In the law suit challenging the employer’s policy, the Plaintiffs asserted: (1) the employees whose employment was terminated as a result of this policy were wrongfully terminated in violation of Texas law, and (2) the vaccine mandate violated public policy of the state of Texas.

Texas Wrongful Termination Claim.

Under Texas law, the court found that firing an employee who is unwilling to comply with an employer’s mandatory COVID-19 vaccine policy does not constitute wrongful termination. Texas law only protects employees who are fired for refusing to commit an illegal act at the request of their employer. The court reasoned that receiving the vaccine is not an illegal act given the U.S. Supreme Court’s rulings upholding involuntary quarantines and mandatory vaccines.

Violation of Public Policy.

The court dismissed the plaintiffs’ public policy arguments because, according to the court, Texas law does not recognize a public policy exception to the at-will employment doctrine. Additionally, the court noted that a mandatory vaccine requirement is consistent with public policy. The Supreme Court has previously held that state-imposed quarantine and vaccination requirements do not violate due process of law.

The court held that the plaintiffs were not being coerced to get the vaccine but were being given a basic choice by its employer: get the vaccine so the hospital could safely continue its business of saving lives or seek employment elsewhere.

Lastly, the court also cited recent Equal Employment Opportunity Commission (EEOC) guidance in its decision. The guidance states that employers can require employees to be vaccinated, subject to the obligation to provide reasonable accommodations to employees with legitimate medical or religious reasons for not being vaccinated. Click here to view.

To view the court’s order in full, click here.

Important Takeaway From This Court Decision.

While there are sure to be future legal challenges to mandatory workplace vaccination policies, this decision provides strong support for their use and permissibility. However, even with this ruling, employers with policies need to be mindful of their obligations and potentially provide reasonable accommodations to employees with disabilities or sincerely held religious beliefs that prevent them from receiving the COVID-19 vaccine. Of course, we will see numerous legal challenges of all kinds to these decisions.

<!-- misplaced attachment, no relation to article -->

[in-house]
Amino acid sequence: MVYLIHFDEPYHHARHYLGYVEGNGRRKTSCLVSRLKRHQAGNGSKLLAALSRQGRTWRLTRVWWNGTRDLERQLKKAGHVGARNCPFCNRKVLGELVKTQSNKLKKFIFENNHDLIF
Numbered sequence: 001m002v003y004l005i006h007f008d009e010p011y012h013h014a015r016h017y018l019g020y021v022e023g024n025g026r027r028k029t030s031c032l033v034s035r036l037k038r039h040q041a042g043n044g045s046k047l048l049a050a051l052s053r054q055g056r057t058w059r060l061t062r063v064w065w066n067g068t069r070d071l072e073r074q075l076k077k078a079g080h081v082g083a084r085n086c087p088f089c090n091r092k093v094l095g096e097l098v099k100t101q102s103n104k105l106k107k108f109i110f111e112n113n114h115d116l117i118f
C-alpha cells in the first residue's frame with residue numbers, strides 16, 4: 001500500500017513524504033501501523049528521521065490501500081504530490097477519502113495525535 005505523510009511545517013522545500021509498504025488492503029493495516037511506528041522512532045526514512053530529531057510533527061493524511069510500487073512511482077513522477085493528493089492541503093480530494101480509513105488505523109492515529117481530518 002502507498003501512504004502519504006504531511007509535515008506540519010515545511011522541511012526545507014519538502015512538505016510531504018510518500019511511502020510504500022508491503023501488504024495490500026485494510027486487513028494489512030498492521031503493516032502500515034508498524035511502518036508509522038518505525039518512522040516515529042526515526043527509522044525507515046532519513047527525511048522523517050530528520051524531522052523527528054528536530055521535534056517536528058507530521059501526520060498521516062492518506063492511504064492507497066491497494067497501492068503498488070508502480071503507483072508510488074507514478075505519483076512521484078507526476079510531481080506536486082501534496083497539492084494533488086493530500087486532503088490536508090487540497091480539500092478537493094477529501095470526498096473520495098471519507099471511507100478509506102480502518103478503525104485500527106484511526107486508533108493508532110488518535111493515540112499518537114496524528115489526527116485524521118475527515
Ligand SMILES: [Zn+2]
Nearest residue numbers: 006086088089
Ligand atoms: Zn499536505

Contact Health Law Attorneys Experienced in Representing Health Care Professionals and Providers.

At the Health Law Firm, we provide legal services for all health care providers and professionals. This includes physicians, nurses, dentists, psychologists, psychiatrists, mental health counselors, home health agencies, hospitals, ambulatory surgical centers, pain management clinics, nursing homes, and any other healthcare provider. It also includes medical students, resident physicians, and fellows, as well as medical school professors and clinical staff. We represent health facilities, individuals, groups, and institutions in contracts, sales, mergers, and acquisitions. The lawyers of The Health Law Firm are experienced in complex litigation and both formal and informal administrative hearings. We also represent physicians accused of wrongdoing, patient complaints, and in Department of Health investigations. We do NOT represent plaintiffs in COVID-19 injury suits, however.

To contact The Health Law Firm, please call our office at (407) 331-6620 or toll-free at (888) 331-6620 and visit our website at www.TheHealthLawFirm.com.

Sources:

Downie, Alex. “Federal Court Upholds Employer’s COVID-19 Vaccine Mandate.” The National Law Review. (June 15, 2021). Web.

Brown, Amanda, Goldstein, Mark. “In first-of-its-kind decision, federal court rules that mandatory workplace COVID-19 vaccine policies are lawful.” Employment Law Watch. (June 16, 2021). Web.

About the Author: George F. Indest III, J.D., M.P.A., LL.M., is Board Certified by The Florida Bar in Health Law; he is the President and Managing Partner of The Health Law Firm, which has a national practice. Its main office is in Orlando, Florida, area. www.TheHealthLawFirm.com The Health Law Firm, 1101 Douglas Avenue, Suite 1000, Altamonte Springs, Florida 32714, Phone: (407) 331-6620 Toll-Free: (888) 331-6620.